Prices have been climbing and energy bills have been biting with the cost-of-living crisis, meaning a lot of people will be looking for ways to spend less this year.
But you still make a great Christmas dinner for just £5 a head, you just need to be careful – and follow these tips and tricks for saving on food this festive season.
Check out the offers
Supermarkets have definitely noticed that we’re all feeling the pinch, and quite a few are promising Christmas dinner deals that come in at a fiver per person or even less.
Elsewhere, Asda is promising a £22 deal that feeds a family of five, although you need to have the Asda Rewards app in order to get the special price. Even Poundland, which has never been a traditional supermarket, is promising a £25 frozen Christmas dinner, whilst Heron Foods says it can feed a family of four for £15.
These offers can help you work out exactly how much you need to spend to get the basics in but they don’t include mince pies or Christmas pud, so you may find yourself splashing out on essential extras, like dessert staples or stuffing, for example.
It might also be wise to get moving. If you have a big enough freezer, you can buy some items now and avoid finding yourself forced to upgrade to pricier products if they sell out.
Embrace the festive frozen section
Perhaps you have more than five people to feed, or you want more flexibility than those Christmas dinner deals. You can still make your own festive feast, and still keep the cost to a fiver a person – and frozen food is the way to go.
Retailers are reporting increased sales of frozen festive food, as bargain hunters search for cheaper options that provide more for less.
Frozen food stays fresh until you need it, so if you find you have more vegetables than you need at Christmas, you can keep it for a Sunday roast in January, and they won't go to waste.
Bear in mind though that this year, farmers have urged people not to stockpile frozen turkeys after reports of a shortage in free-range options due to bird flu led to more customers buying mass-produced poultry.
Go big on veg
It’s so easy to be unhealthy at Christmas; drinking too much, eating too many chocolates and devouring mince pies (not that there's anything wrong with that). But Christmas dinner itself can be quite a healthy meal, with lots of different vegetables and a good turkey protein, or equivalent.
So if you need to make your meal go further, then remember that extra carrots, sprouts and parsnips are cheap, healthy and still give a table and loaded plates that festive ‘wow’ factor.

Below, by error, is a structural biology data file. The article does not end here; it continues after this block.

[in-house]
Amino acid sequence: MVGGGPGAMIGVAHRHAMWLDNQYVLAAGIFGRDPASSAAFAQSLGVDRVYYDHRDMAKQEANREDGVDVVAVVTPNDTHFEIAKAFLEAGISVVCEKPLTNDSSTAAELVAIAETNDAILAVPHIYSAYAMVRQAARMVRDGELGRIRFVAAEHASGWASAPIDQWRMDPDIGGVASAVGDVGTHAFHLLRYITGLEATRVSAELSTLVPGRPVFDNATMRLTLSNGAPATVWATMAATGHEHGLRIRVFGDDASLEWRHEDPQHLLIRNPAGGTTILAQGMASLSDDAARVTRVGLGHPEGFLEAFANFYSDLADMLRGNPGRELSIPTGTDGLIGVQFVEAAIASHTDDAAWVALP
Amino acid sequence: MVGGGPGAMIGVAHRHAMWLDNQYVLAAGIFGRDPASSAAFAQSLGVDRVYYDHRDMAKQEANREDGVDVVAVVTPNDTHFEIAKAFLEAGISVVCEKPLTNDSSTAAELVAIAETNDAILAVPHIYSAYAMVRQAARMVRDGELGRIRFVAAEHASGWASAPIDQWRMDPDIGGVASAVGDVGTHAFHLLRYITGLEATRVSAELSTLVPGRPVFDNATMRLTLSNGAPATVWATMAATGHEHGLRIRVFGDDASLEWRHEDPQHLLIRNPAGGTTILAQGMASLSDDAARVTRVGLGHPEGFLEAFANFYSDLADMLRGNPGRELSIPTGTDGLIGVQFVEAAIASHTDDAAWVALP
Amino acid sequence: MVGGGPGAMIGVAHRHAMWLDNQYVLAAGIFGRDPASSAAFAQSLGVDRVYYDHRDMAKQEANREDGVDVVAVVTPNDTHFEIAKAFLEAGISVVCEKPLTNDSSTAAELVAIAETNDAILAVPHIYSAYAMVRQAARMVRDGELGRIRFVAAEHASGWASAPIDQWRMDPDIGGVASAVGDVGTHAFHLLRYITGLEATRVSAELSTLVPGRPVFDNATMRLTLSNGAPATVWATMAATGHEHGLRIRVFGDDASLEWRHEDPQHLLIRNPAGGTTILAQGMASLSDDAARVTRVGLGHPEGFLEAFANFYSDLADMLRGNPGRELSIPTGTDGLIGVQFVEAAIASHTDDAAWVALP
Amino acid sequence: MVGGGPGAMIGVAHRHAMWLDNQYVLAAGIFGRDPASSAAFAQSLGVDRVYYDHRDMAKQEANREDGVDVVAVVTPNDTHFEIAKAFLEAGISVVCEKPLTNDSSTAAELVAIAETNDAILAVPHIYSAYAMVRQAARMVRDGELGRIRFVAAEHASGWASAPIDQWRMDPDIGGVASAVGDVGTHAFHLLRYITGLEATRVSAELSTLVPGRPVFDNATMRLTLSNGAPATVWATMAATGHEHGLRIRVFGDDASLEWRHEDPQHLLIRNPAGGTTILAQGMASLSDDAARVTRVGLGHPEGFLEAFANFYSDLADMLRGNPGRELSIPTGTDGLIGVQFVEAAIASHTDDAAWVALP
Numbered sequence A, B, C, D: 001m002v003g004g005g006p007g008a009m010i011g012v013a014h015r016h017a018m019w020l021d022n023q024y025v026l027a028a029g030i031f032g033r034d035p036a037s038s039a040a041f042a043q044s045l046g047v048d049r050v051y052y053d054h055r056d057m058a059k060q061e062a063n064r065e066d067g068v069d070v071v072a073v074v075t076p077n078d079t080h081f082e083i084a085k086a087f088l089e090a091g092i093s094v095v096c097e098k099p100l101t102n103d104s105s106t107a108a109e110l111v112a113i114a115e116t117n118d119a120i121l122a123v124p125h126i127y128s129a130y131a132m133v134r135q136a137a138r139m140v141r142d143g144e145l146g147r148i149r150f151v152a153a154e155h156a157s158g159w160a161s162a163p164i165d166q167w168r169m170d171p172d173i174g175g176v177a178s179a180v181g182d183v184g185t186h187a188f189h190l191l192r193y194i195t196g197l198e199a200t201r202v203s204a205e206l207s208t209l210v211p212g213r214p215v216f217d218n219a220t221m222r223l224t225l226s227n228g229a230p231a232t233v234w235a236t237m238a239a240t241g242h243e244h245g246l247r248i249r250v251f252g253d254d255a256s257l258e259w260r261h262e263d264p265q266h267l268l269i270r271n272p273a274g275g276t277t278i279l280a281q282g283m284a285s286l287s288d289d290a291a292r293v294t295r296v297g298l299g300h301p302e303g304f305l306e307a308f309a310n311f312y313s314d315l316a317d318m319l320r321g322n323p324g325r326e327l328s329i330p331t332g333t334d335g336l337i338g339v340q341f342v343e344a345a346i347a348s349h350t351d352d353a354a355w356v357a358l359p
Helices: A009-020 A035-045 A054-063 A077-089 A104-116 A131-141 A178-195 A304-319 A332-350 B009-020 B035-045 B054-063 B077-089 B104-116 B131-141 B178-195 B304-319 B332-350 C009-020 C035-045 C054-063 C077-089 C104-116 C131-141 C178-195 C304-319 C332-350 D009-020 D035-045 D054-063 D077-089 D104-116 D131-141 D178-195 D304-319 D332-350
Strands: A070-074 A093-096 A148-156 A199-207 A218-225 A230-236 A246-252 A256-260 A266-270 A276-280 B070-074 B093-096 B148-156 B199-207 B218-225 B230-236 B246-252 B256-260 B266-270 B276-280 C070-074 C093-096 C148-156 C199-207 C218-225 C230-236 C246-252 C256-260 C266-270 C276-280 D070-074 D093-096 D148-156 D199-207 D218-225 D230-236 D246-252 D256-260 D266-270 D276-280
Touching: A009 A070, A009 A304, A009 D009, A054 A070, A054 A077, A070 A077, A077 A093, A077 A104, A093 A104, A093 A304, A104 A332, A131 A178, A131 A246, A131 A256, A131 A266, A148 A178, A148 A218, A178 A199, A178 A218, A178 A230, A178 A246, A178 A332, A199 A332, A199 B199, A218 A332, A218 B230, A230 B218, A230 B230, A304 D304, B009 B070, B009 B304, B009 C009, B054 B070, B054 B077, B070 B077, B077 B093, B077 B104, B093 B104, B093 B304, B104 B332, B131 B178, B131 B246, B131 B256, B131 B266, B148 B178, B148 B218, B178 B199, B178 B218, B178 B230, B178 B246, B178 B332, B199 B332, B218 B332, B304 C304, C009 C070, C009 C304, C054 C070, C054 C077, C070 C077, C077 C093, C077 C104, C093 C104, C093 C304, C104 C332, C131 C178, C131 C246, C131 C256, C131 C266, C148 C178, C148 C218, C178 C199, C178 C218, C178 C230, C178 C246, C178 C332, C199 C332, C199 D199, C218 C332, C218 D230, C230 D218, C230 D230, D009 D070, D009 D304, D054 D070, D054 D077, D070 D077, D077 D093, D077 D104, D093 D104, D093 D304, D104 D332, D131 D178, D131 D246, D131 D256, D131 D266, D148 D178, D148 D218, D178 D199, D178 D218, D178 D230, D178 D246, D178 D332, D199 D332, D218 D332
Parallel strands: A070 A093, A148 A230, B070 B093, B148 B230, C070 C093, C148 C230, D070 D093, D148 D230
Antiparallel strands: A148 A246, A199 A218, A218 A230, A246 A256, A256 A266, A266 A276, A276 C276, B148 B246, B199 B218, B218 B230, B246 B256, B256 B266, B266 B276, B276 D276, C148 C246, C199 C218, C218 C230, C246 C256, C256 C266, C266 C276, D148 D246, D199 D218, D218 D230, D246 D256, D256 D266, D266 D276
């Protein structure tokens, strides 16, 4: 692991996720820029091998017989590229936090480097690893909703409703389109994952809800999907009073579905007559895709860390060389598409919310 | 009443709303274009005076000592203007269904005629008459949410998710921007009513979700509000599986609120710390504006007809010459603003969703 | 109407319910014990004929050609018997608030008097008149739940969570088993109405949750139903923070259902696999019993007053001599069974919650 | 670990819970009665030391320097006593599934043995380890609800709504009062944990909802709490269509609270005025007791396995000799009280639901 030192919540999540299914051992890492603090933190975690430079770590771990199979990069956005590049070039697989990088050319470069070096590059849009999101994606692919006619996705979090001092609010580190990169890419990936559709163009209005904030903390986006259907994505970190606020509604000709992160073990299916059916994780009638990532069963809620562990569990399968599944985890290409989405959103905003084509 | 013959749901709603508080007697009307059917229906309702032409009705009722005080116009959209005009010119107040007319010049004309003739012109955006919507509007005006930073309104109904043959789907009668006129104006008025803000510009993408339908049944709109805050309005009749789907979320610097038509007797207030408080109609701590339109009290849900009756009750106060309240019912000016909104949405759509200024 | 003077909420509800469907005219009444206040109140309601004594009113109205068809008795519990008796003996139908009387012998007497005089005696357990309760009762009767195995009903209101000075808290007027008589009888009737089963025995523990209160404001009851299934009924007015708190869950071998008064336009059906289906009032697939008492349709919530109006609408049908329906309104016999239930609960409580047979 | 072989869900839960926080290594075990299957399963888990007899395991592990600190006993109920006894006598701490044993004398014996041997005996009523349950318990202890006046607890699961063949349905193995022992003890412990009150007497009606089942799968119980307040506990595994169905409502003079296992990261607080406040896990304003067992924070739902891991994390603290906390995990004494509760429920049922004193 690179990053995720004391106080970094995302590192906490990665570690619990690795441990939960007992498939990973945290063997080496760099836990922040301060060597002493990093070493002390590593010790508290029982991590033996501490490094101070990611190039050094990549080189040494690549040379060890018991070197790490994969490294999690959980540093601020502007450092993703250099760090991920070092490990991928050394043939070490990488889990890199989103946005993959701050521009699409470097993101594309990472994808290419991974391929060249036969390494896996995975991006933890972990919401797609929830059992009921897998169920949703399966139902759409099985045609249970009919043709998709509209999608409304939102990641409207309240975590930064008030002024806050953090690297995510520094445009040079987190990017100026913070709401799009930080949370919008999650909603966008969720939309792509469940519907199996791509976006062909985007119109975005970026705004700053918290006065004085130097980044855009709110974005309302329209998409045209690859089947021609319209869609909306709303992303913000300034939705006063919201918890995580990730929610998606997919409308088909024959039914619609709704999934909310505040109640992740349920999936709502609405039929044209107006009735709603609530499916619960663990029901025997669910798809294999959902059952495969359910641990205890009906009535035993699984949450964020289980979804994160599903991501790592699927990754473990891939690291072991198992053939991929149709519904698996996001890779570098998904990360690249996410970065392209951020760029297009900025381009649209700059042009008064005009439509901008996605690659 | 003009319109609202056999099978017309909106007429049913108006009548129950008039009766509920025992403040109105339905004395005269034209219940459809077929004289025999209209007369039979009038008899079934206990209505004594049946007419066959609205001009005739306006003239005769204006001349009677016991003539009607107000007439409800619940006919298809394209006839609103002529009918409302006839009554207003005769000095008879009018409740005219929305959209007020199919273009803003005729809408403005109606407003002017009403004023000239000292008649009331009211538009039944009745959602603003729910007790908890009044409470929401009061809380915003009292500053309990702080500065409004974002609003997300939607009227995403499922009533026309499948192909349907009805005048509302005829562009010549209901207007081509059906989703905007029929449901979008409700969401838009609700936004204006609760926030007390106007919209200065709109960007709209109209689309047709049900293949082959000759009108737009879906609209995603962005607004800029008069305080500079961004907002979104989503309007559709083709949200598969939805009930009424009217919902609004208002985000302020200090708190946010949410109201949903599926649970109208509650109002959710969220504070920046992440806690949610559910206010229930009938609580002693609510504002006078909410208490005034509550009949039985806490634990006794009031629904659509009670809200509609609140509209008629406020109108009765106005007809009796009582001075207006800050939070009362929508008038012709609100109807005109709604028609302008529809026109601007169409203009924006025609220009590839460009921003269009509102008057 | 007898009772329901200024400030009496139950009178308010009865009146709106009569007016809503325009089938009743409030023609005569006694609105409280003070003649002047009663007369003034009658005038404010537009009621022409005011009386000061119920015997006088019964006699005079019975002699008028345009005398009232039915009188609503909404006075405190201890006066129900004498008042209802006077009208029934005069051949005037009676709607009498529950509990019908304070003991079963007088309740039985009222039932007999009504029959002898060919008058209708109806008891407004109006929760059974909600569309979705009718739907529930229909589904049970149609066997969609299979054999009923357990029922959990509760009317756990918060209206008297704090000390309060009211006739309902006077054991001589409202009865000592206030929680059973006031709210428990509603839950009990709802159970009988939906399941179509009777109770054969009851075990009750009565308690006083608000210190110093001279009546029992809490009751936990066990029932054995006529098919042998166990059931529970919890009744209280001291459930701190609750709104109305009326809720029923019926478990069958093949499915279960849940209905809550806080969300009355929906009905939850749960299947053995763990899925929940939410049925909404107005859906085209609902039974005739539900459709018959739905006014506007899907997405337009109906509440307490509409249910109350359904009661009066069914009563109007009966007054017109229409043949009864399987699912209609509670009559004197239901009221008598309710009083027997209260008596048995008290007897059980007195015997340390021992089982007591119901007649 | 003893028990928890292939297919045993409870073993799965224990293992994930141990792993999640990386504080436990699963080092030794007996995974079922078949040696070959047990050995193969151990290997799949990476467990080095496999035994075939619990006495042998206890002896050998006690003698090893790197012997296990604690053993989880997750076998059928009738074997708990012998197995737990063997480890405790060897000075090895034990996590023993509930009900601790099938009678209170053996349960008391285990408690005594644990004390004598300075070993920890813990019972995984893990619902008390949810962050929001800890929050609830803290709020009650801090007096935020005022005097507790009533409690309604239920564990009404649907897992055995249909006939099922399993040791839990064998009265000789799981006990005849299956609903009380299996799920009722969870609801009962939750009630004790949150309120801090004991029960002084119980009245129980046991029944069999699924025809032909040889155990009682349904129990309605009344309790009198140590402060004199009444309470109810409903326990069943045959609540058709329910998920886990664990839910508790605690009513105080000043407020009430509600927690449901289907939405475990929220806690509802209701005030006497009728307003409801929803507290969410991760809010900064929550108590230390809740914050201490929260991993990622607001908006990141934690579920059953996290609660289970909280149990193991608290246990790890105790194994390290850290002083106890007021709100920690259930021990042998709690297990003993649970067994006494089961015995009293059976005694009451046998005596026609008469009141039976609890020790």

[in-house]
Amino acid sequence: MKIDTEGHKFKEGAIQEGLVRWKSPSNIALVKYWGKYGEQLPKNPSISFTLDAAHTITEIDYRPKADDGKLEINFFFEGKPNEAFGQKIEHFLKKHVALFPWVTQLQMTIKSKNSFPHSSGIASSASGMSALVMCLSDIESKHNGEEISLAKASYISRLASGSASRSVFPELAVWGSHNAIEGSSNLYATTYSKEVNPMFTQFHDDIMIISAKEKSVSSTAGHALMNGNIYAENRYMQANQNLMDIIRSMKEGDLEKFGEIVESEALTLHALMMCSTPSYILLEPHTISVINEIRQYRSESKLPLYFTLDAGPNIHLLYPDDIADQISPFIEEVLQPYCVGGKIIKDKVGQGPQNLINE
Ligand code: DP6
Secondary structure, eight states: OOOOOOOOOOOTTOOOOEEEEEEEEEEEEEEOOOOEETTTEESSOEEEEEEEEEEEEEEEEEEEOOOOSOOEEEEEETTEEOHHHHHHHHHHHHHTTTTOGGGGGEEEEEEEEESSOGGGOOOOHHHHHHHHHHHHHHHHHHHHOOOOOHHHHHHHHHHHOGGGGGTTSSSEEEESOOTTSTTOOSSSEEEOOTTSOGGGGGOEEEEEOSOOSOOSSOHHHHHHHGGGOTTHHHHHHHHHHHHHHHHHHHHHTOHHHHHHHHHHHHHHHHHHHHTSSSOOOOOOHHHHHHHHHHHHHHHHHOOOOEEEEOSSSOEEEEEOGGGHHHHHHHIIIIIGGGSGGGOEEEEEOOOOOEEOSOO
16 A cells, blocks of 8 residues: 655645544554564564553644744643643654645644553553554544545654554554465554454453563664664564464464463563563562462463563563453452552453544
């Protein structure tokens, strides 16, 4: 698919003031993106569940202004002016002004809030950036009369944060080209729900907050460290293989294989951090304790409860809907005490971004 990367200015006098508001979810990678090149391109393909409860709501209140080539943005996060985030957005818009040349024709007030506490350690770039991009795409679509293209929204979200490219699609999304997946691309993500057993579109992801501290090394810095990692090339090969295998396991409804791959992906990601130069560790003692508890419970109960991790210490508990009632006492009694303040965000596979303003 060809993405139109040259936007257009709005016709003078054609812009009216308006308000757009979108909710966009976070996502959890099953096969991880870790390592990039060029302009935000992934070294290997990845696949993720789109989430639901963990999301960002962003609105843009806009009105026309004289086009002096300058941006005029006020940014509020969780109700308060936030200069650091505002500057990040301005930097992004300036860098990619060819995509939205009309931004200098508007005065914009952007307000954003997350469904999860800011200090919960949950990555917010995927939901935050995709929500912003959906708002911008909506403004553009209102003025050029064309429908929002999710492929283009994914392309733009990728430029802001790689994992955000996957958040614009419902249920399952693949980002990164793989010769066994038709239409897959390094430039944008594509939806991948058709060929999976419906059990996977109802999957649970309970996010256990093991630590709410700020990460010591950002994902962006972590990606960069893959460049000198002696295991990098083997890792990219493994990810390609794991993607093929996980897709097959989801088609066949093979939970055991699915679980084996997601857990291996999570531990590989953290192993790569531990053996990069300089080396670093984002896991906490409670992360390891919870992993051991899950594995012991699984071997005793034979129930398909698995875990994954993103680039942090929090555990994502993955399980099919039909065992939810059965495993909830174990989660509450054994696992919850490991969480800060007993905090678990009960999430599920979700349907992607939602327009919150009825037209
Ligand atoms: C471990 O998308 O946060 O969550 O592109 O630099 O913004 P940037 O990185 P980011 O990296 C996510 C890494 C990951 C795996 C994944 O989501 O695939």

You could also use the nutritious and cheap veg to whip up a soup as a starter, adding to the sense of plenty and making sure your guests are getting even more than their five-a-day!
Make some savvy switches
Turkey is the traditional Christmas centrepiece, but really, you just want to enjoy a festive-looking table and meal, with a central meat (or veggie or vegan options) for a roast dinner.
So with the price of turkey going up this year due to shortages, you could scoop up a chicken for a fraction of the cost instead.
The same goes for Christmas pudding. There are some excellent, affordable options out there. The Iceland six-month matured Christmas pudding, that serves four and costs £2.25, tastes amazing and it will still feel very Christmassy.
A few savvy switches can save pounds and still let you serve up a cracking Christmas dinner this year.
Read more: Your ultimate Christmas dinner shopping list
The more the merrier – and cheaper
It's very hard to feed just one person a Christmas dinner for a fiver – and even two for a tenner is pretty difficult if you want all the trimmings – but the more people you have around the table, the cheaper it can be per person overall.
If 10 of you come together for Christmas then at £5 a head, that’s £50 to spend on the meal, which gives you a bit more room to manoeuvre and can help you afford some of the more luxury Christmas essentials.
For example, Asda’s large British turkey crown serves 8-10 for £18.50, which you could couple with two packets of its extra special 12 pigs in blankets at £3.50 each, so £7. Two boxes of sage and onion stuffing come in at £1.10, which leaves you £23.40 to spend on mountains of vegetables, potatoes and maybe even a festive tub of chocolates.
If you do host a larger gathering, try to make sure you’re not left footing the entire bill or you won't end up saving any money! Consider a shared table lunch, where you all bring one or two different dishes, or even check out our guide on whether you can charge your guests for Christmas dinner, instead.
Watch: Cheapest supermarket to buy your Christmas dinner: 10 festive foods ranked in price